GWC’s Reach Into Africa

by The Rev. Dr Mark Dickson, Principal

GWC naturally enjoys the centripetal benefits of students wanting to come and study in a residential format. It looks like 2023 will be a better-than-average year on this count. This has centrifugal benefits that follow as the students return home to minister in their respective countries.

There are also several other corresponding centrifugal benefits of a college wanting to deepen its reach into the rest of Africa.

Each of these operates in a vast network of kingdom partnerships and collaborations, for which we are truly thankful.

The first centrifugal aspect is GWC’s Explore program. Explore is an 8 module correspondence program focusing on the text of the Bible while developing a robust biblical theology. In a public forum in Somerset West in early September (the Reach SA Synod), several people spontaneously spoke about how Explore was progressing in their respective countries. Innocencio Varine from Mozambique explained how he had planted 35 churches using the Explore material. Bishop Lucas Katende explained how Explore had been of great benefit in his region of Namibia. Similarly, Paul Kayumba from Zambia told the assembly how valuable Explore had proved in his home country.Though not mentioned in that forum, Explore has been expanding its influence in Sierra Leone, South Sudan, Malawi, and throughout South Africa.

The benefit of studying Explore is that it allows people across Africa to begin what may well mature into a more vocational study of the Bible.

This year, nine of our newly enrolled students travelled to GWC, having started with Explore in their home countries.

Another centrifugal component to GWC is the TDA fund (Theological Development Africa). This fund channels resources to several theological colleges on the continent, including Alexandria School of Theology; St Andrew’s Kebare; Johannesburg Bible College; Wolaita Evangelical Seminary; Rusitu Bible College; Dumisani Theological Institute; St John’s Theological College; Martyrs’ Seminary Namugingo; and Leonard Kamungu Theological College. These institutions are assisted by TDA to finance several students each year at those colleges.

GWC, in this way, actually provides material help for several sister colleges in Africa engaged in theological training.

Yet another centrifugal dimension to GWC is the college’s participation in AfCAA. This accrediting body is based in Nairobi, examining and vouchsafing the governance of organisations across the continent. GWC is not only a founding member of AfCAA but currently supports a key member of the college executive team in her role on its communications committee.

A fourth centrifugal aspect is GWC’s commitment to the efforts of OCA (now renamed Local Leaders International). Local Leaders International is a project committed to growing team play between several African theological colleges. At a recent meeting in Cairo, the senior leadership from these institutions met to discuss closer collaboration. Also on the agenda was a discussion about how dialogue can be furthered between Christians and Muslims in Africa.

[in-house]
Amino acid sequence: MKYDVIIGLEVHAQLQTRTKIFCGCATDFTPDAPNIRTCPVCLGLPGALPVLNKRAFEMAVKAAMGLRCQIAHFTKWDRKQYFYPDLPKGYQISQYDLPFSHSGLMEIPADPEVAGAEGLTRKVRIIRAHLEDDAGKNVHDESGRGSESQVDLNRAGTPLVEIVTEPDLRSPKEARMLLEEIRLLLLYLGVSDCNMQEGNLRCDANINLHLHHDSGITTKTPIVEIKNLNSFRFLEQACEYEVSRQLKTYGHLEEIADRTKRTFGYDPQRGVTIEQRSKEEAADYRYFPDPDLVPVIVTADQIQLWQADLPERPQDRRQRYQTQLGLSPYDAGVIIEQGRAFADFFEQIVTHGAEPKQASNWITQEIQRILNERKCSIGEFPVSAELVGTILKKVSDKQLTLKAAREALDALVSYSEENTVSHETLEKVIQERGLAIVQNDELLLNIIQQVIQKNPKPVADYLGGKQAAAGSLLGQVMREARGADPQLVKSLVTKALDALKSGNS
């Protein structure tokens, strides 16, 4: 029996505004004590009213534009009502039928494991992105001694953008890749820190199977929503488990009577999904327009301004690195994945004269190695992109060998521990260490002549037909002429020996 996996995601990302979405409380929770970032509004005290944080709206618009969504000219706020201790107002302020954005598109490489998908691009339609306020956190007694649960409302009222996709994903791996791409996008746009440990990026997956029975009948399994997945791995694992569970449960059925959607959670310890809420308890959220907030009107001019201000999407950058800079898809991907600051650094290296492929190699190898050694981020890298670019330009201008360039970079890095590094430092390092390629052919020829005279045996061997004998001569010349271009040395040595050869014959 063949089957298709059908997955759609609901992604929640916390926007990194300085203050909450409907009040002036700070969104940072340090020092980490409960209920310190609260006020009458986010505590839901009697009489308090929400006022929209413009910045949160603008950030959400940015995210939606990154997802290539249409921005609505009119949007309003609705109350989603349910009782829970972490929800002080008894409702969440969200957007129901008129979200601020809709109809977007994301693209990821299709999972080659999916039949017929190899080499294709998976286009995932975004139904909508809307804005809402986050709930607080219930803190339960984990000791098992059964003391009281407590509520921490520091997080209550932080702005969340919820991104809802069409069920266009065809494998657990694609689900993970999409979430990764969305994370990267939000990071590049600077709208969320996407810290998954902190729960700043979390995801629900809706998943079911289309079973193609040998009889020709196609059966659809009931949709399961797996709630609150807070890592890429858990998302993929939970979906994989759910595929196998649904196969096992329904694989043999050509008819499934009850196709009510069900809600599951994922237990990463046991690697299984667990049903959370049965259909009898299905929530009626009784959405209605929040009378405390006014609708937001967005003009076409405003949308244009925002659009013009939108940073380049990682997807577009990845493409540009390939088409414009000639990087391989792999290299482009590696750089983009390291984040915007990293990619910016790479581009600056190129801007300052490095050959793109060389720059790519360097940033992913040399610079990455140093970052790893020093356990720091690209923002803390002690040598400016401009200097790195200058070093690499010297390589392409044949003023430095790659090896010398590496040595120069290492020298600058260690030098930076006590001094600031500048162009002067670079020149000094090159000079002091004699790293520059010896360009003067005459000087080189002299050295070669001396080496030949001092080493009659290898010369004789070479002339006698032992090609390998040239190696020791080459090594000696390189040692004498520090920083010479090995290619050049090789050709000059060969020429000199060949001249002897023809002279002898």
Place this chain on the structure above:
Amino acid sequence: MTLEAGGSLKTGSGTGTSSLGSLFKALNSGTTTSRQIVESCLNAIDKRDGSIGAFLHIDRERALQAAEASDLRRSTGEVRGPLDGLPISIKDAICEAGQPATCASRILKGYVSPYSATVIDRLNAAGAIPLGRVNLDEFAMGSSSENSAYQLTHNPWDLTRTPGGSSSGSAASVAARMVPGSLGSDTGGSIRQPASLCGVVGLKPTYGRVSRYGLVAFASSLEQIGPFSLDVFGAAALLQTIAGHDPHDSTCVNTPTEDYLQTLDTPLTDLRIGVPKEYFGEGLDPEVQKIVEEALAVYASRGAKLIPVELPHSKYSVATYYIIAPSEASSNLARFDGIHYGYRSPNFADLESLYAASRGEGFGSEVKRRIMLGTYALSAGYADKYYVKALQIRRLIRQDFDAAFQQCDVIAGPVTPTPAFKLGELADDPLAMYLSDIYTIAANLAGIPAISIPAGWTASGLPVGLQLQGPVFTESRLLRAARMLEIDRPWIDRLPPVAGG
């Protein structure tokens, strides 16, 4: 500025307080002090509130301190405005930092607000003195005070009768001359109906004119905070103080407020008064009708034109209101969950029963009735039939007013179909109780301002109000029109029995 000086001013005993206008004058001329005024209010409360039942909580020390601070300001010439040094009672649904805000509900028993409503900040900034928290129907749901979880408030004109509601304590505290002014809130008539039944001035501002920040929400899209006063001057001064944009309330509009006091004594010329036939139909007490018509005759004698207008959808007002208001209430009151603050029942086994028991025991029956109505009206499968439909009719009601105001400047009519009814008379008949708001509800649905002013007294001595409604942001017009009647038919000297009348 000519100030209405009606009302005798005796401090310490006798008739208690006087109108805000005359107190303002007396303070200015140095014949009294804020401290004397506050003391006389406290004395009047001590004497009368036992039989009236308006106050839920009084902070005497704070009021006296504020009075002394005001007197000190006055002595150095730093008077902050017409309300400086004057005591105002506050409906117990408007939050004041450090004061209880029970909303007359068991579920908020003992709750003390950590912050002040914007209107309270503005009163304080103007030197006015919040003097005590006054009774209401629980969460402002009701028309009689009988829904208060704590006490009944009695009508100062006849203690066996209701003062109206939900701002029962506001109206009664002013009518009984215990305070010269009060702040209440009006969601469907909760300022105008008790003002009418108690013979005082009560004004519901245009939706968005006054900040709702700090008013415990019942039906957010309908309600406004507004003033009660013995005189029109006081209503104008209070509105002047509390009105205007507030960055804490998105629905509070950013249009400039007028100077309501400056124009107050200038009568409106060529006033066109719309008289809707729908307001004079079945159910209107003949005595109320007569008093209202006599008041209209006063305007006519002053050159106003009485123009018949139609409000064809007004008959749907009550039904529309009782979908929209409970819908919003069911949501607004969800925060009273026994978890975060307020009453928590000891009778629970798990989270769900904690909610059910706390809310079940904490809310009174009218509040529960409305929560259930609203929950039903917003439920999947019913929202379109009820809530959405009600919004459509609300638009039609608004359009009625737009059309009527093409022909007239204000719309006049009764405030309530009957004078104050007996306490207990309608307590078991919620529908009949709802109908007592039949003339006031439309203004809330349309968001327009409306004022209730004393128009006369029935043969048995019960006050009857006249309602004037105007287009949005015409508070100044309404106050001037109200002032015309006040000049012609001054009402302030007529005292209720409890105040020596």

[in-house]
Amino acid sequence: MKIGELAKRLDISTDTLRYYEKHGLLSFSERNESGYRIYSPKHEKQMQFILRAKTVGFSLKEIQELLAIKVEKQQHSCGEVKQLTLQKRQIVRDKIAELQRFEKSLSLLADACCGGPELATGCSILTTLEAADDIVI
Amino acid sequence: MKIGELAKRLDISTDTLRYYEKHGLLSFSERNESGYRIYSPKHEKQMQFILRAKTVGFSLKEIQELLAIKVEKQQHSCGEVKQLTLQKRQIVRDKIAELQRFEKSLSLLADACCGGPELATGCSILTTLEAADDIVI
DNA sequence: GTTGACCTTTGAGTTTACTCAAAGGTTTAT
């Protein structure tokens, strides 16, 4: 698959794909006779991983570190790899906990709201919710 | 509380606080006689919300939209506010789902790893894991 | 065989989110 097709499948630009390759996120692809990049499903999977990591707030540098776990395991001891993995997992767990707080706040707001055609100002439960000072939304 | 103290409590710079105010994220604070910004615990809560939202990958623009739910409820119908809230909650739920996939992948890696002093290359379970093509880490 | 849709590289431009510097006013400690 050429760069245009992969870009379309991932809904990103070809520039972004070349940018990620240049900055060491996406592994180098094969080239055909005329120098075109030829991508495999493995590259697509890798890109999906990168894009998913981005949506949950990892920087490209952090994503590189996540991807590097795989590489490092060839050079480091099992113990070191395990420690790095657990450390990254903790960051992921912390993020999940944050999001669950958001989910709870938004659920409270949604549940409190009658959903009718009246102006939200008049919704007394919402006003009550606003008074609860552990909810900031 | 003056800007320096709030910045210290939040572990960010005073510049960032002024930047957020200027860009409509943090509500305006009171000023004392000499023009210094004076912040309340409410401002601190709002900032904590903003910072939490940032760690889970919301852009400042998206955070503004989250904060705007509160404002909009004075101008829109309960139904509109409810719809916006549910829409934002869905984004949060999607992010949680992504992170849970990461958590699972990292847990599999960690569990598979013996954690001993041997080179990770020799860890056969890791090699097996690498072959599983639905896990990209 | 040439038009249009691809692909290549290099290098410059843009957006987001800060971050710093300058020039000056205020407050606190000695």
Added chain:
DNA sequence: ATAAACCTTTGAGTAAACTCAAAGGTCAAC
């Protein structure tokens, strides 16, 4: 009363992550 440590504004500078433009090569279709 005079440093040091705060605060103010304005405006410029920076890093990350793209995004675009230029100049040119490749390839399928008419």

Flowing out from the Cairo meeting came ‘Generosity’, a centripetal and centrifugal project that brought several African university men and women to GWC to discuss and begin authoring material that will hopefully add a corrective to the increasingly pervasive prosperity gospel.

Fifth, our involvement with TEDS (Theological Education Development Services) is a key centrifugal service of the college in Africa. TEDS has been running training programs in African colleges that provide specific training for faculty in pedagogy.

Up and down the continent, there are now lecturers in theology who are better able to teach their subjects, thanks to the work of TEDS.

The final centrifugal aspect of GWC is the college’s involvement with GAFCON (Global Anglican Futures Conference). Although not a major player, GWC has exerted its influence within GAFCON’s Theological Education workshops since 2013. The college also participated in drafting the final statements of GAFCON 2008 and 2018.

In 2023, GWC is preparing itself to grow its influence across Africa and deepen the realisation of its vision: that Africa be filled with preachers and teachers who deeply love the Lord Jesus and who have a profound understanding of Scripture, in order that Africa may increase its share in the Kingdom of God.

We thank God for the growing opportunities to equip Kingdom hearted servants of Christ who will proclaim the Gospel in Africa. We hope you enjoy reading about the work of GWC in this newsletter.

Mark 13:32-33

“No one knows about that day or hour, not even the angels in heaven, nor the Son, but only the Father. Be on your guard and stay alert! For you do not know when the appointed time will come.”

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